2) Even in the conclusion of the passage “This year (we are) here etc. This year (we are) slaves it emphasizes that which we are in a condition of Galut and servitude – the opposite (of the story) of Geulah.
Therefore what place does this passage have in the story of Yetzias Mitzrayim?
In the general order of the Mitzvot and the aspects on this night, now (השתא) and at the head, the reciting of the Haggadah regarding the story of Yetzias Mitzrayim, the aspect of “now” (השתא) – freedom - must be emphasized and recognizable. Therefore “one must do all the deeds of this night in a manner of freedom” – yet here it states and one speaks of “This year (we are) here .. This year (we are) slaves” – the opposite of freedom.
3. Seemingly one could say (albeit with difficulty) that with “This is the bread of affliction” one wishes to stress that the only “our fathers” (אבהתנא) were in the land of Mitzrayim, however, we are not in Mitzrayim. Similarly by the conclusion ““This year (we are) here; next year etc. “, the intent of this is similar to that which the Mishnah states that “we begin with shame (and end with praise)”.
In truth, however, one cannot say so, because:
1) According to this (the aspects of) the passage should have been said - not before the passage Mah Nishtana, but after it (as in the entire Haggadah), since the “it is a Mitzvah to say the Haggadah in a manner of answering the question that he is asked”.
2) The aspect of “begin with shame and end with praise” (in order that the “praise” is more recognizable and emphasized) only fits for something that was in the past, as the sages state regarding the reason that we beginning with “We were slaves” and “In the beginning our fathers served idols” (beginning with shame) and afterwards one continues (and “ends with praise”) concerning the present: “but now the Omnipresent One has brought us close to His service” since in this manner, the praise and thanks to G-d is more emphasized and felt with greater force. Therefore, this also awakens the feeling of freedom.
This however, does not fit, as is understood:
When one “begins with “shame”, in the present – “now we are here . . now we are slaves” , although one prays and trusts (comforts) that “next year we will be in the land of Israel and next year we will be free”, this however, is just a hope and feeling that is connected with (freedom in) the future, and not with a feeling of freedom, in the present, on this night.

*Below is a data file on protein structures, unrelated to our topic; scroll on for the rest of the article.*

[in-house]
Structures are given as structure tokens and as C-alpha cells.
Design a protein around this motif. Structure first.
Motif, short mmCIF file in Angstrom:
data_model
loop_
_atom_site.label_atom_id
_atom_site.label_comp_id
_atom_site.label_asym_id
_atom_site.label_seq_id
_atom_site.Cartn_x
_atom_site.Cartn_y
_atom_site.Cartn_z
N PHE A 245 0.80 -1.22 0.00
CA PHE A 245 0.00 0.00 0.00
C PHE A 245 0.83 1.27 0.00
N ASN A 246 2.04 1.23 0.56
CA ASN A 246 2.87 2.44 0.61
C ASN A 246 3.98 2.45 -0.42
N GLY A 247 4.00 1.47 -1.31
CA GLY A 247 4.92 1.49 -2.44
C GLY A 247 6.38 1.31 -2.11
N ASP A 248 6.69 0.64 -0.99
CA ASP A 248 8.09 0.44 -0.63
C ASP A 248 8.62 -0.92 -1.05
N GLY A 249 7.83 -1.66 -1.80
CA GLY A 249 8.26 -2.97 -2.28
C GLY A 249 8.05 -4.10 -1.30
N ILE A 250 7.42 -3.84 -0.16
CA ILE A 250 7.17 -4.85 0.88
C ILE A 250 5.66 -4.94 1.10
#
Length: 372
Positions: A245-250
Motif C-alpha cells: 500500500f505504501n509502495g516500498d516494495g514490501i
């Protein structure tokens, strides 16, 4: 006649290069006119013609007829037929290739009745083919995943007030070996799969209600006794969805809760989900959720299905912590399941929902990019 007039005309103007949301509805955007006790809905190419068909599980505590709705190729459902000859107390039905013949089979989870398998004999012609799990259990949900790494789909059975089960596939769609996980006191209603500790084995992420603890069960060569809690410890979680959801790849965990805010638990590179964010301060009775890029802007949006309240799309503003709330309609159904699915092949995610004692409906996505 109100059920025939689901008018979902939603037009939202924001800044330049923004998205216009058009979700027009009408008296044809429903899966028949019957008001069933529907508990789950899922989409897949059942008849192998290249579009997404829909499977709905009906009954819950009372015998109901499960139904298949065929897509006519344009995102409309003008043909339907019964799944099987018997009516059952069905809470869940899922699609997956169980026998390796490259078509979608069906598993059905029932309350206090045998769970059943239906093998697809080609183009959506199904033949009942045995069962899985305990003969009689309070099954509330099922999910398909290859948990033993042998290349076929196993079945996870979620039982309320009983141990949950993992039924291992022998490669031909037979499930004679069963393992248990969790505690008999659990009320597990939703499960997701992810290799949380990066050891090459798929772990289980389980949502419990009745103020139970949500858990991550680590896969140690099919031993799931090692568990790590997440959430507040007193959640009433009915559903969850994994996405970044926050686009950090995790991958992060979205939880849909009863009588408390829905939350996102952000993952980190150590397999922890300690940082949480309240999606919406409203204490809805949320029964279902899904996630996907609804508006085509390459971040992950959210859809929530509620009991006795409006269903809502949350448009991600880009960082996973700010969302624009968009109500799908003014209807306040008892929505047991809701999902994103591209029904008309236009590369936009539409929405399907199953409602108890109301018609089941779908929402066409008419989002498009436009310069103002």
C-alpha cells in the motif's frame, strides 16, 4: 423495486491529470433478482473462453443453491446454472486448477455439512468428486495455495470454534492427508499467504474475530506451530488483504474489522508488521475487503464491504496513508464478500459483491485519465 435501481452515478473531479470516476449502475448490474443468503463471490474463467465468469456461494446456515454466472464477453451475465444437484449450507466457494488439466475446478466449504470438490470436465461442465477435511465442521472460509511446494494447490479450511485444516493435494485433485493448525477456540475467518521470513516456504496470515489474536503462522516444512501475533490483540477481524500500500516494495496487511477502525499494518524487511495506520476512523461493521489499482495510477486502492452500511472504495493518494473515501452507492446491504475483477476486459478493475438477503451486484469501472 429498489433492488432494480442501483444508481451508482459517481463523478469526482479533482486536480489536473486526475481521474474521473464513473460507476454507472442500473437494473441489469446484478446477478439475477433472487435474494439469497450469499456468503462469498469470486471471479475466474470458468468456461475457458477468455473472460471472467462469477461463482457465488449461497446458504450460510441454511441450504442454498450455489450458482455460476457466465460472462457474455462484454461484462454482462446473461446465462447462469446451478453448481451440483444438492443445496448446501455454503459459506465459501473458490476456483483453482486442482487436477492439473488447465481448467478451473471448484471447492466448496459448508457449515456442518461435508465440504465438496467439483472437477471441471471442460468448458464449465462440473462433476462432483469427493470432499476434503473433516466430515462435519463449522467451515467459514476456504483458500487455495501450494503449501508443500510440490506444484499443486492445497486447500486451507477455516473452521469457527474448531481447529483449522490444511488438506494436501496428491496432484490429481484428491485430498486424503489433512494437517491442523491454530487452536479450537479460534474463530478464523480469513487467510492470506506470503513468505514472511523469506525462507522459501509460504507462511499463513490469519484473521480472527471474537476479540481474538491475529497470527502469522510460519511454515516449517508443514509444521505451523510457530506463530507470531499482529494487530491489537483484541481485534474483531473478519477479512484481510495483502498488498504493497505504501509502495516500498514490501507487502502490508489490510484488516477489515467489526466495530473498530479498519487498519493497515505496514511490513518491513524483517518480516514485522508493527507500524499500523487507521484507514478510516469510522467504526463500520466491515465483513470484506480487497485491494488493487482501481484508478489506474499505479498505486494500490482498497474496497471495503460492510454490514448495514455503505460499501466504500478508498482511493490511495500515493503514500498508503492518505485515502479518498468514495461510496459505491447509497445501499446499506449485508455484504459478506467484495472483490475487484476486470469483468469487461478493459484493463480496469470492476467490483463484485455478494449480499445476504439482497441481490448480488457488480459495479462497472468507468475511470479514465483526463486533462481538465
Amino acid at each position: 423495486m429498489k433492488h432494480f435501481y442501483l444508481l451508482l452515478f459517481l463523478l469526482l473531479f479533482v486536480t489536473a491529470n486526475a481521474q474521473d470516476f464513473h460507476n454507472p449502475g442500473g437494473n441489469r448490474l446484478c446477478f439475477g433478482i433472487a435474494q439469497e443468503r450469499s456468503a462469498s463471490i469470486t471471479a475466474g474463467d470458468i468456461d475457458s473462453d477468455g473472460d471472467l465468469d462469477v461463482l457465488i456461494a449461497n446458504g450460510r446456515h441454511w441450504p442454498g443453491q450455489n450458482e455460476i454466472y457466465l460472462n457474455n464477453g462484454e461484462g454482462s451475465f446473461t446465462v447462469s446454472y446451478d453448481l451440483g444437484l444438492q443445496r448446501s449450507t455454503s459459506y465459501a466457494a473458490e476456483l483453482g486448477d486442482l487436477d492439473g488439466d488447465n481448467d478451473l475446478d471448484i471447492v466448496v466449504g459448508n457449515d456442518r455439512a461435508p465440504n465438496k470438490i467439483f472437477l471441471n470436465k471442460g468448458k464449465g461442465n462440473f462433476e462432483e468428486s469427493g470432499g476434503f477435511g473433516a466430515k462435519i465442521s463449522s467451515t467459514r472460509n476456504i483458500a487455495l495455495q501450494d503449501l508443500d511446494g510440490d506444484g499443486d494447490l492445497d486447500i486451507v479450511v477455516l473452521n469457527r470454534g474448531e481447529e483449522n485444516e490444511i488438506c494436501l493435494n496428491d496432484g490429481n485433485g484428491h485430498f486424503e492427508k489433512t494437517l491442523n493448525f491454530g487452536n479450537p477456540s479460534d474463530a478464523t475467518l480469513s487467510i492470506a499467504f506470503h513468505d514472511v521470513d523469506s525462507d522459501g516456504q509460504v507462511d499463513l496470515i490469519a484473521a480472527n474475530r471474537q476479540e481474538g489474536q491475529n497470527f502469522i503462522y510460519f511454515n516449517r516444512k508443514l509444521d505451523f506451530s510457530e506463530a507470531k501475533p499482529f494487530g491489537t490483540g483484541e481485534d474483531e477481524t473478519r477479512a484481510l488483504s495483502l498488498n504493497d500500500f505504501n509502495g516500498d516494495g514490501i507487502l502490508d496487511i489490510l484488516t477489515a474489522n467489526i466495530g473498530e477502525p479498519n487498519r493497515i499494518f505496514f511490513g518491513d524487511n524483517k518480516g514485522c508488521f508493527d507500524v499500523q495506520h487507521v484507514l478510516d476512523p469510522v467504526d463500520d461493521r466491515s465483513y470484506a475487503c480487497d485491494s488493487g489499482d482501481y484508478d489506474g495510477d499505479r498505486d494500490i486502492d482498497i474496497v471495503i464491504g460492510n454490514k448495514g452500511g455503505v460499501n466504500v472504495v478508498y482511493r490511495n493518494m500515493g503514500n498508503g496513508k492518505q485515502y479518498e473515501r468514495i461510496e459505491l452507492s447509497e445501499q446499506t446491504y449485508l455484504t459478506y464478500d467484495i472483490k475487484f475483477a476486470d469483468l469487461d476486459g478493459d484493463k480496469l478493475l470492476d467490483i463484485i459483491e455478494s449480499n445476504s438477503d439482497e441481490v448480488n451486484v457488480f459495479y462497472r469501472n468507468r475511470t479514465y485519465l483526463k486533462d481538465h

Similarly one must understood, as aforementioned in the second section of the passage: “Whoever is hungry, let him come and eat; whoever is in need, let him come and conduct the Seder of Passover“:
What connection does this have with “Maggid”, to the story of Yetzias Mitzrayim?
According to all the aforementioned one must say that even though the passage of “This is the bread of affliction” is not a part of the story of Yetzias Mitzrayim itself (which comes mainly in the form of answering the questions Mah Nishtana etc., as aforementioned) – it is however related to the topic of “Maggid”, the story of Yetzias Mitzrayim. For this is a general preface, which gives one to understand and resolves a general question in the whole Seder of this night and in the story of Yetzias Mitzrayim – as will be explained.
4. It is also not understood why we say “This is the bread of affliction that our fathers ate in the land of Egypt” – as the commentators ask:
The matzah which we eat now is connected with the matzah that the Yidden ate when they were going out of Egypt and not with the Matzah which they ate in Egypt. And as it states later in the Haggadah: “This Matzah that we eat . . Because the dough of our fathers did not have time to become leavened as it states: "They baked Matzah-cakes from the dough that they had brought out of Egypt, because it was not leavened; for they had been driven out of Egypt”.
And the answer which is cited is that the Yidden in Egypt ate Matzah, because it was the manner (שטייגער) to feed the “captives” (שבויִם) matzah since “it is hard and does not digest quickly like Chometz” (or alternatively, as the Sforno states that) “the bread that they ate in oppression and they did not have time to allow the dough to rise until it became Chometz because of the taskmasters rushing them” (נוגשים אצים).
“These are things that contradict scripture and the truth since we do not find in either scripture or the Mishnah or Talmud that the Egyptians fed Yisroel Matzah”
And in addition to this:
If that were the intent, the Baal Haggadah should have cited a source (which is his manner in the entire Haggadah).
5. “We were slaves to Pharaoh in Egypt, and the L-rd, our G‑d, took us out from there with a strong hand and with an outstretched arm. If the Holy One, blessed be He, had not taken our fathers out of Egypt, then we, our children and our children's children would have remained enslaved to Pharaoh in Egypt. Even if all of us were wise, all of us understanding, all of us knowing the Torah, we would still be obligated to discuss the exodus from Egypt; and everyone who discusses the exodus from Egypt at length is praiseworthy.” –